Center for the Study of Traumatic Stress
Understanding the Effects of Trauma and Traumatic Events to Help Prevent, Mitigate and Foster Recovery for Individuals, Organizations and Communities
A Program of Uniformed Services University, Our Nation’s Federal Medical School, Bethesda, Maryland • www. usuhs.mil/csts/
Teachers Helping Students: Listening and Talking
The magnitude of death and destruction in this event require special attention to communicating with children and adolescents. Physical safety and security always take priority. School is an important normalizing experience for children and adolescents. It is difﬁcult to predict the kinds of psychological problems that children and adolescents will have; however, the following management plan may help minimize later difﬁculties:
■ Every student has a different way of responding to
Too much exposure increases distress through overidentiﬁcation.
■ Help students limit the extent to which they personalize
or identify with the victims or the situation. Remind students that they are safe at school. To decrease overidentiﬁcation with the victims provide concrete information about how they differ from the people involved in the disaster.
■ Engage your students in conversations of their choosing
trauma. It is not advisable to require the same response of everyone. Listen to your students’ stories.
■ Maintain daily routines to the extent possible. Now
— not necessarily about their feelings or the scene. Talking about the normal events of life is central to health.
■ Increase your students’ sense of control and mastery at
is not the time to introduce new routines. Familiar schedules can be reassuring.
■ Your response to the disaster will affect your student’s
school. Let them plan a special activity.
■ Older children and adolescents may feel “stirred up”.
response; therefore, it is helpful to discuss your own reactions with other adults and teachers before talking with your students.
■ Provide structured time to discuss the event in the
Helping them understand their behavior and setting limits at school can help.
■ Some children may respond by being distracted or
having trouble remembering things. These should be tolerated and understood.
■ Be alert to changes in students’ usual behavior (e.g.,
classroom. Be alert to students expressing overwhelming feelings in discussions. Limiting time can help the student express what they wish and not more than they might wish they had.
■ Maintaining the usual classroom routines can be
drop in grades, loss of interest, not doing homework, increased sleepiness or distraction, isolating themselves, weight loss or gain). Teachers Helping Students: Techniques for the Classroom For Younger Students:
■ Reassure younger students that they are safe and that
comforting. Even regular schoolwork can also provide some sense of familiarity and comfort to some students.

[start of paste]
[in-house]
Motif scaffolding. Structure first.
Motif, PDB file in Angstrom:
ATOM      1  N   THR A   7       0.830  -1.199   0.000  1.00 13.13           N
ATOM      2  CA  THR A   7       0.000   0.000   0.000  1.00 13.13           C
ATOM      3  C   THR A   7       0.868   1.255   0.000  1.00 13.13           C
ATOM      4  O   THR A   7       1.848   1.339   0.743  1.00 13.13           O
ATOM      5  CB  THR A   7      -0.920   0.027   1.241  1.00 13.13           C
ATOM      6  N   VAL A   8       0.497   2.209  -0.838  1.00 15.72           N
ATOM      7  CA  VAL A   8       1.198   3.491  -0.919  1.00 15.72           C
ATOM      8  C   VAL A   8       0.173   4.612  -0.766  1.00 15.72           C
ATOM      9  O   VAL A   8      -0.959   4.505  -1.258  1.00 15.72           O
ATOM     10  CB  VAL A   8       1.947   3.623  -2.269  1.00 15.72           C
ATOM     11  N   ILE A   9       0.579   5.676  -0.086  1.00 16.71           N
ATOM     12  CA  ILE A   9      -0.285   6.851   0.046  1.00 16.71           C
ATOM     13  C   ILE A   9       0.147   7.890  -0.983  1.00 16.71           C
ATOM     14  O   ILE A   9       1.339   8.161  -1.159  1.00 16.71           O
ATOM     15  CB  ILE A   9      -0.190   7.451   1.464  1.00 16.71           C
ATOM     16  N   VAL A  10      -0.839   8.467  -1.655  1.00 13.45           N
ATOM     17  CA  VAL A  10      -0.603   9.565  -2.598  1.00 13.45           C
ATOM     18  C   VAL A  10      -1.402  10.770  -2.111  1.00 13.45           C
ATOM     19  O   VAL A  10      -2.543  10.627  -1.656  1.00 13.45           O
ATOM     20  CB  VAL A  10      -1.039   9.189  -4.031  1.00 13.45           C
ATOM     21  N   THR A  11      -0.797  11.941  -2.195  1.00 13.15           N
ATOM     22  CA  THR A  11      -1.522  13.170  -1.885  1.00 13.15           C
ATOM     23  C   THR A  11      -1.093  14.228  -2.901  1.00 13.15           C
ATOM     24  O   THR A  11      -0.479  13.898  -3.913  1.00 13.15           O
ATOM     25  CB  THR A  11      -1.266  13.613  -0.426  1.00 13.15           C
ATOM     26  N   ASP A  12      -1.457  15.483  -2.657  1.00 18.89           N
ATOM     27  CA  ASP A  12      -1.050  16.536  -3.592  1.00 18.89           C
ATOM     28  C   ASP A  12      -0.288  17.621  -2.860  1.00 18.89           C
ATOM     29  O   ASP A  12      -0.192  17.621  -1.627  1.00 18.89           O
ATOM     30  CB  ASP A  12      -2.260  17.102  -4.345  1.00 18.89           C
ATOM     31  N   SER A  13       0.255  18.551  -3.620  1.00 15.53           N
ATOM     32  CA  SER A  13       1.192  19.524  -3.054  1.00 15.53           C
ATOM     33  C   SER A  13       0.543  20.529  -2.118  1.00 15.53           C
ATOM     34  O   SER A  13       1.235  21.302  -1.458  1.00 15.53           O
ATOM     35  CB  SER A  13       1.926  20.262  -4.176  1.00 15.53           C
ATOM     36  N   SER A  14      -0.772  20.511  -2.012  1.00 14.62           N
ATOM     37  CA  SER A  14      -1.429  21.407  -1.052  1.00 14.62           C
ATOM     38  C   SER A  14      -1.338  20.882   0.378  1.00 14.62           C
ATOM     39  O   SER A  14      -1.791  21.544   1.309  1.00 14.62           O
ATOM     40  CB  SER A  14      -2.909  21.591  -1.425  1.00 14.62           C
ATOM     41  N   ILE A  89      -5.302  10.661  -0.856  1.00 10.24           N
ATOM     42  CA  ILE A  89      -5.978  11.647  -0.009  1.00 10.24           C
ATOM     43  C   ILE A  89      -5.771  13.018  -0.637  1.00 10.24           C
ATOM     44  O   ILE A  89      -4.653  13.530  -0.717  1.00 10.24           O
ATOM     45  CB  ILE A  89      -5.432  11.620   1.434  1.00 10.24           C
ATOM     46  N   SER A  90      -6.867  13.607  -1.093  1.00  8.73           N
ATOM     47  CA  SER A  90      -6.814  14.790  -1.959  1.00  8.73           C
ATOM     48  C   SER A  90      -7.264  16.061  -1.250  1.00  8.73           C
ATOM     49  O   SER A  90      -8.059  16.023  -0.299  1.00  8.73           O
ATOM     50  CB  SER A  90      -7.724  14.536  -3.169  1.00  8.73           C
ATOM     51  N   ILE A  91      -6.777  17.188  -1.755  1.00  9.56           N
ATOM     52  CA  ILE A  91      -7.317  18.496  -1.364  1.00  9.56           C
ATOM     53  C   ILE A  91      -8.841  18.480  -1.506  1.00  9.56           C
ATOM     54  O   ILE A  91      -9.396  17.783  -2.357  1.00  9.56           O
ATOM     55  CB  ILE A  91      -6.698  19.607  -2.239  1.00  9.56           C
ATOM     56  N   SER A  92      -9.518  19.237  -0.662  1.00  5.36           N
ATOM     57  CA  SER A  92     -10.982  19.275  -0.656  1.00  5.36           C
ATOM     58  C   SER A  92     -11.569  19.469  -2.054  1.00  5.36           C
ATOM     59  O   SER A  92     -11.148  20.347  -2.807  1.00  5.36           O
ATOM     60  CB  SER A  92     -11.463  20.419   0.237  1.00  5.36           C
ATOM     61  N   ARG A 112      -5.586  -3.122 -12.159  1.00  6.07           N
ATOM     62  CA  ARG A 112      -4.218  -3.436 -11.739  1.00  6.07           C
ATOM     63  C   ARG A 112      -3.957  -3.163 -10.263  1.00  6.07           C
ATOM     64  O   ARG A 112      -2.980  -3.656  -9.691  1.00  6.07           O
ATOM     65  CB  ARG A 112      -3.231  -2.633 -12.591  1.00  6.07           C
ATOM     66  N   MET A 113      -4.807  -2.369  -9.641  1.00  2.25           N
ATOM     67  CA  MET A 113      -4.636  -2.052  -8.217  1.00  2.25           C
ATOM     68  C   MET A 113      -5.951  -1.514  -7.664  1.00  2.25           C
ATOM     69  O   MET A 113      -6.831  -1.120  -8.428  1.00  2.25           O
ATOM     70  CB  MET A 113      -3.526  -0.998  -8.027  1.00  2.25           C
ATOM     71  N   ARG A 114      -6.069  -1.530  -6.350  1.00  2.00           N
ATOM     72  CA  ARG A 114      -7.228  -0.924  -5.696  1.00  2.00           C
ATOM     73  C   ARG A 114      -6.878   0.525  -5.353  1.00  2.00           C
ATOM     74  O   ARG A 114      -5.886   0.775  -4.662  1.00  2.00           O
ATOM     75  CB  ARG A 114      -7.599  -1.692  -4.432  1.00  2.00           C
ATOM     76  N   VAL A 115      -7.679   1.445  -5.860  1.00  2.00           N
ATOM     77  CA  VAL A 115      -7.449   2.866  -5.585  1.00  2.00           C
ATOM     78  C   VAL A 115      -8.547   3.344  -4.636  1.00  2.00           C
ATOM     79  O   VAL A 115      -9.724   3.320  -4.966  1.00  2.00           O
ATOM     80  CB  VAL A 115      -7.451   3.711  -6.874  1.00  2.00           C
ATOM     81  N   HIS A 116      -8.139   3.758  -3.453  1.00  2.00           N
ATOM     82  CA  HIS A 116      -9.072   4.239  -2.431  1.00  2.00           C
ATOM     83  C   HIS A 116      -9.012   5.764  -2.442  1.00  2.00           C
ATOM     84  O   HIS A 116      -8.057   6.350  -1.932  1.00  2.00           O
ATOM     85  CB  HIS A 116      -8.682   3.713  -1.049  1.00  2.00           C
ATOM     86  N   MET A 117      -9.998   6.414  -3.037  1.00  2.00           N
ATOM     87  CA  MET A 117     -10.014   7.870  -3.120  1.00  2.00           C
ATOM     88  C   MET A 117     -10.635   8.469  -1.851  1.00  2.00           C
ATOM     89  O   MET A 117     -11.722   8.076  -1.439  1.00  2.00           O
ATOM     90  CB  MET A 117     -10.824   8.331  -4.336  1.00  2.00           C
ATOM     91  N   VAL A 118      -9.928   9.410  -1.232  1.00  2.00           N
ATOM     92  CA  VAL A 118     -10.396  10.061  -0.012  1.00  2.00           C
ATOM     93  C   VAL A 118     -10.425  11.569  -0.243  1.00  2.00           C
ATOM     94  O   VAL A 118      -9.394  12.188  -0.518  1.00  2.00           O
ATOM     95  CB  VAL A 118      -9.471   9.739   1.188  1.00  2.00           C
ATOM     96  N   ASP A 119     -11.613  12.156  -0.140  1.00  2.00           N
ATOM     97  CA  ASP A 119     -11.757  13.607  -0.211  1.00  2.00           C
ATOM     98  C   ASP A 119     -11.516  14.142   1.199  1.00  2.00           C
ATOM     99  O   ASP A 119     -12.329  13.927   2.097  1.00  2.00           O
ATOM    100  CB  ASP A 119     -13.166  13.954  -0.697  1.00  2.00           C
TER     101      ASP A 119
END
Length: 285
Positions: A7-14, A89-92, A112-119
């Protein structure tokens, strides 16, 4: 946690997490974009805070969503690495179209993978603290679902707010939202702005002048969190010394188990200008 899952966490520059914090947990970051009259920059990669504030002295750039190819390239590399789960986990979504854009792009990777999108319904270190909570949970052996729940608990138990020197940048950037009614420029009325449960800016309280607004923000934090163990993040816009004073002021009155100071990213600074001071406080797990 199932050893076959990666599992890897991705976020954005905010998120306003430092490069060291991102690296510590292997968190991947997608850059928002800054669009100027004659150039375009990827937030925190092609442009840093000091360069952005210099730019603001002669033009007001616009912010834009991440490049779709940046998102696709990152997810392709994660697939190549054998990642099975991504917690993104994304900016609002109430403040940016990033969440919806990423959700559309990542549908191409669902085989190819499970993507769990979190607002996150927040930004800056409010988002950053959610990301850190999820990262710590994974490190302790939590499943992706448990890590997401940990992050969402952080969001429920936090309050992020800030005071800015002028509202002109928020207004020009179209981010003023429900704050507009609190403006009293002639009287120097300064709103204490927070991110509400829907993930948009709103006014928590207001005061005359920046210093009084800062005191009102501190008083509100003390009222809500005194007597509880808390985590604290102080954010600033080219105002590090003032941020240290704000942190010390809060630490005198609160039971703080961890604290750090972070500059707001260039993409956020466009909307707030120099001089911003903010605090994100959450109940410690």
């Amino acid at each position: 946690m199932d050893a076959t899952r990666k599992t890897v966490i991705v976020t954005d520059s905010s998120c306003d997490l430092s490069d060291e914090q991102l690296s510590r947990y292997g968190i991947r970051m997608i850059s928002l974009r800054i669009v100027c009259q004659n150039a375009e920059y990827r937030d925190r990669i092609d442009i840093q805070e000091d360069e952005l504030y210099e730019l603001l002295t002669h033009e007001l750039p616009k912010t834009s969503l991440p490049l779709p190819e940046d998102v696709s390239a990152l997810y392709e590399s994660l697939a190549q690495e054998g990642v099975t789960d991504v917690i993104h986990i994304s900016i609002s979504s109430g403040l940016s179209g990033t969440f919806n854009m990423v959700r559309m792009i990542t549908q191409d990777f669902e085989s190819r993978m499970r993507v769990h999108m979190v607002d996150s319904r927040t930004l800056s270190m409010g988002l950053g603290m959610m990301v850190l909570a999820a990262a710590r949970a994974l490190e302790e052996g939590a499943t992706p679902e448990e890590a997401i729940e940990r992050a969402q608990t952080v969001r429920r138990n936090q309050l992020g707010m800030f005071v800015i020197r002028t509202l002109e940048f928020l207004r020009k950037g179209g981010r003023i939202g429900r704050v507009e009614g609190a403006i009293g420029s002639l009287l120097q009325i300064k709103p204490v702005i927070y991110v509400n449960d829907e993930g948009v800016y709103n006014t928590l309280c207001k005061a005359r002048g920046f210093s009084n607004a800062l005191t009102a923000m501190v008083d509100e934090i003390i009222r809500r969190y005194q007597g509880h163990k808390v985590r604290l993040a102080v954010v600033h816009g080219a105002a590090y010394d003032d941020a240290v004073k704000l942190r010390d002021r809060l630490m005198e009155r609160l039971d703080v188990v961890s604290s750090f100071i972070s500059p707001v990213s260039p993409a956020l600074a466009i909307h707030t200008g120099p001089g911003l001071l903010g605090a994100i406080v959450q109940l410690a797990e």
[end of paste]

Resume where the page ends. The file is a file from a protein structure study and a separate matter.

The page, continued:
■ Encourage school faculty and staff to discuss and plan
classroom interventions together.
■ Be available to meet individually with your students. ■ Discuss the event in an open honest manner with your
their parents and other adults will take care of them.
■ Fearful younger students may need to touch base with
students. Children might want to talk intermittently, and younger children might need concrete information to be repeated.
■ Limit exposure to television and other sources of
their parents from time to time throughout the day during the early stages following the crisis.
■ Acknowledge questions about the death and the
destruction. Continued on reverse side
information about the disaster and its victims.
Disaster Response Education and Training Project, Center for the Study of Traumatic Stress For more information see www.usuhs.mil/csts/
■ Acknowledge your student’s feelings: “You sound sad/
■ Remember the importance of providing emotional
angry/worried…” “Are you sad/ angry/ worried?”
■ At a time when you are feeling calm and able to listen
and share with your students, acknowledge that you, too, may feel sad, angry, or worried.
■ Lead discussions that will help younger students
support by “naming” the expectable reactions of sadness, numbness, anger, fear, and confusion. Explain how inappropriate giddiness, laughter, or callousness often are used to distance ourselves from becoming overwhelmed.
■ Help your middle and high school students reframe
gain a sense of mastery and security. “You have asked good questions.” “That was a good idea.” “Your family/Mom/Dad knows how to take good care of this.” For Older Students:
■ Acknowledge the importance of peers in helping to re-
■ For many teens, their cognitive abilities are often greater
their expressions of rage or despair. Focus on helping them to ﬁnd positive solutions to the situation. Coordinating memorial ceremonies or special school assemblies or donating their time and creativity to fundraising, blood drives etc., are ways your students can learn the beneﬁts of altruism to themselves and to their communities.
than their emotional capacity to manage highly stressful situations. Expect emotional swings.